Maa ouan is a Thai appetizer with clear Chinese characteristics. It resembles the filling of khanohm jeep dumplings (ขนมจีบ), the crab and pork meat fillings of haawy jaaw (ฮ่อยจ๊อ), or the shrimp and pork meat mix of haae geun (แฮ่กึน). Minced pork and shrimp meat are seasoned with garlic, coriander roots, white peppercorns and salt, then mixed with duck egg and a bit of coconut cream, placed in small ceramic cups (thuay dta lai, ถ้วยตะไล), and steamed. It can be served either as a starter, an hors d’oeuvres, or even as a side dish to curries.
This dish can be found both in Thailand’s streets food stalls and in the menus of the high stars restaurants. The spicy stir fried is a perfect choice to the drunken man’s plate, it, with it’s kick, helps the whiskey run down the glass and offers a wicked sauce to accompany the sophisticated squid’s filling made of airy pork married with sweet shrimp. The mixture of pork and shrimp filling maintains moist and tender texture which is further enhanced by the surprise crunch from water chestnuts.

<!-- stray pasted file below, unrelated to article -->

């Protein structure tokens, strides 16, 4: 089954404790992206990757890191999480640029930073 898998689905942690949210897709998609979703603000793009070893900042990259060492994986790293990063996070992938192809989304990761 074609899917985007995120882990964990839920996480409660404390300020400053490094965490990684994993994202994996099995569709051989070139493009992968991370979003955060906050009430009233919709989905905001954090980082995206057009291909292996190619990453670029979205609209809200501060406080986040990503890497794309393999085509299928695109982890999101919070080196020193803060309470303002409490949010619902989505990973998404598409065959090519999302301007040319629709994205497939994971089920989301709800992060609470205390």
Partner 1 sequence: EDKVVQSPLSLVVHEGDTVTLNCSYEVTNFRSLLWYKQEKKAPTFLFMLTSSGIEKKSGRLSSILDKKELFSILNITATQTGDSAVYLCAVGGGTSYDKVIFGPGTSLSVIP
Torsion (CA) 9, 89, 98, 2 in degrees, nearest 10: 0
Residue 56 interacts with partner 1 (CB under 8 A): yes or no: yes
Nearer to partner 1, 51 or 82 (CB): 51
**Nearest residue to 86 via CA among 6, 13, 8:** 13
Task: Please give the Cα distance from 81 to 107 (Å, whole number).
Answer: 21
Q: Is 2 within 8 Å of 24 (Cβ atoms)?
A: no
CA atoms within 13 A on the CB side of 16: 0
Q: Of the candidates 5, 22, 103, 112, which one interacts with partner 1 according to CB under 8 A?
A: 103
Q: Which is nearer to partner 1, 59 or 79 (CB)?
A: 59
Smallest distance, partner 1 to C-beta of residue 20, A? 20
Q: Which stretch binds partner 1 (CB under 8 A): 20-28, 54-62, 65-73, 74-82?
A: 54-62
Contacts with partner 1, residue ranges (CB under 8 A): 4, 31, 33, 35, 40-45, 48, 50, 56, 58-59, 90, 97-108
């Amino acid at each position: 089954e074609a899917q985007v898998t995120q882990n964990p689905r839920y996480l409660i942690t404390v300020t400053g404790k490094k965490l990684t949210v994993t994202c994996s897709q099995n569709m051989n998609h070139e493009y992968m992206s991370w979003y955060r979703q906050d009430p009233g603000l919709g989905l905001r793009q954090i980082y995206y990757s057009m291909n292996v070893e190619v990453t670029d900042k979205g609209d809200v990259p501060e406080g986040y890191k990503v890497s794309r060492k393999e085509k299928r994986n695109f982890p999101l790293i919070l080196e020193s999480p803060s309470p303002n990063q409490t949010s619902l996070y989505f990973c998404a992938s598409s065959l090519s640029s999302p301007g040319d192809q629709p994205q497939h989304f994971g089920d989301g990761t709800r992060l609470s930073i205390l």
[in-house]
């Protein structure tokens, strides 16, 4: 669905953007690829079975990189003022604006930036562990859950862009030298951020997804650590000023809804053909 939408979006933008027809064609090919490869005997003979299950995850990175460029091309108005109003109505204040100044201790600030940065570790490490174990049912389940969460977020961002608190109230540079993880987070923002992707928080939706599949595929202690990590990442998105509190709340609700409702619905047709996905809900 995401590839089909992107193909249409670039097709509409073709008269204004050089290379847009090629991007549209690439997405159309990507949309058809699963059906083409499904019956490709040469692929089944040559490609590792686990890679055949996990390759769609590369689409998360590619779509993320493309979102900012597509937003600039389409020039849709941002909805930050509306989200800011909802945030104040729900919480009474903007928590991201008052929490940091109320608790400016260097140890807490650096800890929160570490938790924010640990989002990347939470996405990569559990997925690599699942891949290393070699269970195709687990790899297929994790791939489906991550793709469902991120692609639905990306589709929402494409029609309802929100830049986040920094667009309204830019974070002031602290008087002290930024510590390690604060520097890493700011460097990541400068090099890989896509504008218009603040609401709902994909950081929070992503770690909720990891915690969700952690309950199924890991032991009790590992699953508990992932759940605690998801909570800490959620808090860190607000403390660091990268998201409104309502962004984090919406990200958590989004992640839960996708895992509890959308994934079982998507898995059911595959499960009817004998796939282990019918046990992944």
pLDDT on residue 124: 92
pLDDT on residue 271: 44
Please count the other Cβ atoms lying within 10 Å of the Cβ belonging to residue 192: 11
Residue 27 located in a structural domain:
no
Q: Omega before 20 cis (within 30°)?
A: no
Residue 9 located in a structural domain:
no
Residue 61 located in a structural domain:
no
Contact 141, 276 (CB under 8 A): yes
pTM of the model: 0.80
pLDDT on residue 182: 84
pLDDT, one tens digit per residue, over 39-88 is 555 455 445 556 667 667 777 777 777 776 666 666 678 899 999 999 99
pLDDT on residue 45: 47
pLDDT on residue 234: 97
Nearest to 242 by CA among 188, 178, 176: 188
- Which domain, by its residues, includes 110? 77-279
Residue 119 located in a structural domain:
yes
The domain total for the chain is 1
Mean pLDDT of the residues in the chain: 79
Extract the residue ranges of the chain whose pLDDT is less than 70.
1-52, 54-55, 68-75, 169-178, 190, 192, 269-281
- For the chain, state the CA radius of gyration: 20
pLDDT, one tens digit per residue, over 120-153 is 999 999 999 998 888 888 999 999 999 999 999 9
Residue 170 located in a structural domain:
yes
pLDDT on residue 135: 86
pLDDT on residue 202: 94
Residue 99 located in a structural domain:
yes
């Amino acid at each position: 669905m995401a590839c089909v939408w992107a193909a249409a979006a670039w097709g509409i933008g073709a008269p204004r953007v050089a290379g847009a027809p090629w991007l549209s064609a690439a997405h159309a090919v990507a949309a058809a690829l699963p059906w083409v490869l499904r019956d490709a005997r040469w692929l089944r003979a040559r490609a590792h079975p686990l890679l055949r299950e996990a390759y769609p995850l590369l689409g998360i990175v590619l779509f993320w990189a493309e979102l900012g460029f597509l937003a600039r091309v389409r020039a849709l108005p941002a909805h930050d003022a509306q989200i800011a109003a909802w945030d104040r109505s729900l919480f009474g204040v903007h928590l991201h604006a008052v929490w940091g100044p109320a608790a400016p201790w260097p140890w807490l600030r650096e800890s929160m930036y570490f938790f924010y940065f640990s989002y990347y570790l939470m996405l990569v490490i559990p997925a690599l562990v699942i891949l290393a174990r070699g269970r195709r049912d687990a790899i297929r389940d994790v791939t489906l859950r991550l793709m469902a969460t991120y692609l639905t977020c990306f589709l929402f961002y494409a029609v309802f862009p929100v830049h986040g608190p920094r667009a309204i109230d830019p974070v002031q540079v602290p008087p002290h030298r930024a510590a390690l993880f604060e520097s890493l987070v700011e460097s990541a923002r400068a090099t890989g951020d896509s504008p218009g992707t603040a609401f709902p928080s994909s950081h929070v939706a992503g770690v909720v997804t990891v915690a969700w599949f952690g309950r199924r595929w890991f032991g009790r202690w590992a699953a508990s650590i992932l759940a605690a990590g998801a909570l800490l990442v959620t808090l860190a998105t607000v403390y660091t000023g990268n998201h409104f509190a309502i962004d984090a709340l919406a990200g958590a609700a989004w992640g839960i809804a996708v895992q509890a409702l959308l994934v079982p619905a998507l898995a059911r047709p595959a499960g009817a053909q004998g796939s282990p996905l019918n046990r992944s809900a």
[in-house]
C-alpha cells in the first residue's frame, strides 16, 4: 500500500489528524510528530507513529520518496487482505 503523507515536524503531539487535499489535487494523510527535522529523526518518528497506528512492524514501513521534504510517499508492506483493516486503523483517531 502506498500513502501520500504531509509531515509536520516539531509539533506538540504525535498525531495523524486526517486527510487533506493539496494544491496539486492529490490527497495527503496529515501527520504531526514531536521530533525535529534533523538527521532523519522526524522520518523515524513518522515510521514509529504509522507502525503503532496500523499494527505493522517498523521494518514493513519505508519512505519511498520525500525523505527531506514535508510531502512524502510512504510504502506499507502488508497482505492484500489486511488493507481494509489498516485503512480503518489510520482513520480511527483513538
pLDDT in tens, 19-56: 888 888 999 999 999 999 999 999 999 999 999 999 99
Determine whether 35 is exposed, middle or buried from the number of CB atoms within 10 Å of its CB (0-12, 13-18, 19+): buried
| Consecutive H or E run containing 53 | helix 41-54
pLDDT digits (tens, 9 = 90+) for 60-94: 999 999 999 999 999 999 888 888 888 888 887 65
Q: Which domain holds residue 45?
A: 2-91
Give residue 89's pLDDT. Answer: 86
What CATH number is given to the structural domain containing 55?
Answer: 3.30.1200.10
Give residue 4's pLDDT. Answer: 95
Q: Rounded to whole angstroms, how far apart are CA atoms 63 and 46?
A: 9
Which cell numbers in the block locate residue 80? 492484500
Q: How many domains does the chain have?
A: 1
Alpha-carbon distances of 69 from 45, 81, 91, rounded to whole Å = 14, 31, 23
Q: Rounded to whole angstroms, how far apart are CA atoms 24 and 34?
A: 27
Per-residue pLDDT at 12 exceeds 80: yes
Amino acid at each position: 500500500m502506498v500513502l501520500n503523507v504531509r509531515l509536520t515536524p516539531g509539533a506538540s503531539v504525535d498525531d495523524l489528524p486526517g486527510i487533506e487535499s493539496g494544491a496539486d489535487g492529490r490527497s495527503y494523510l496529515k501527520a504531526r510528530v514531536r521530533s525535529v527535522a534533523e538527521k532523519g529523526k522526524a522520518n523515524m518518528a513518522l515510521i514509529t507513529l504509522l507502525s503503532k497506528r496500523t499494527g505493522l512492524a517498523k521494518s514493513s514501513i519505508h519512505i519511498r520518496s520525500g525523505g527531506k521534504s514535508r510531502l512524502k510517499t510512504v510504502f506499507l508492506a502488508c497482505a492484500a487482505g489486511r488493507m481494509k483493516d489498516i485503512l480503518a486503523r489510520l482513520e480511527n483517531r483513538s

One of the charms of street food is that it finds you rather than you finding it. Therefore you are usually in the perfect mood to embrace it.
This treat along with other sweets are traditionally presented on tricycle drawn trays that are protected from insects and pollution by a transparent nylon tent and light up by a single light bulb.
Do you remember hearing the ocean through a large conch shell when you were a kid? This stylish yet simple dish is made from only a few ingredients and will dip your taste buds in flavorful, rich and creamy ocean’s essence, like that conch shell.
In the southern provinces of Thailand, those bordering the sunny beaches of the Andaman sea, one can find yet another type of fermented shrimp product, “liquid fermented shrimp” (gabpi naam ; กะปิน้ำ).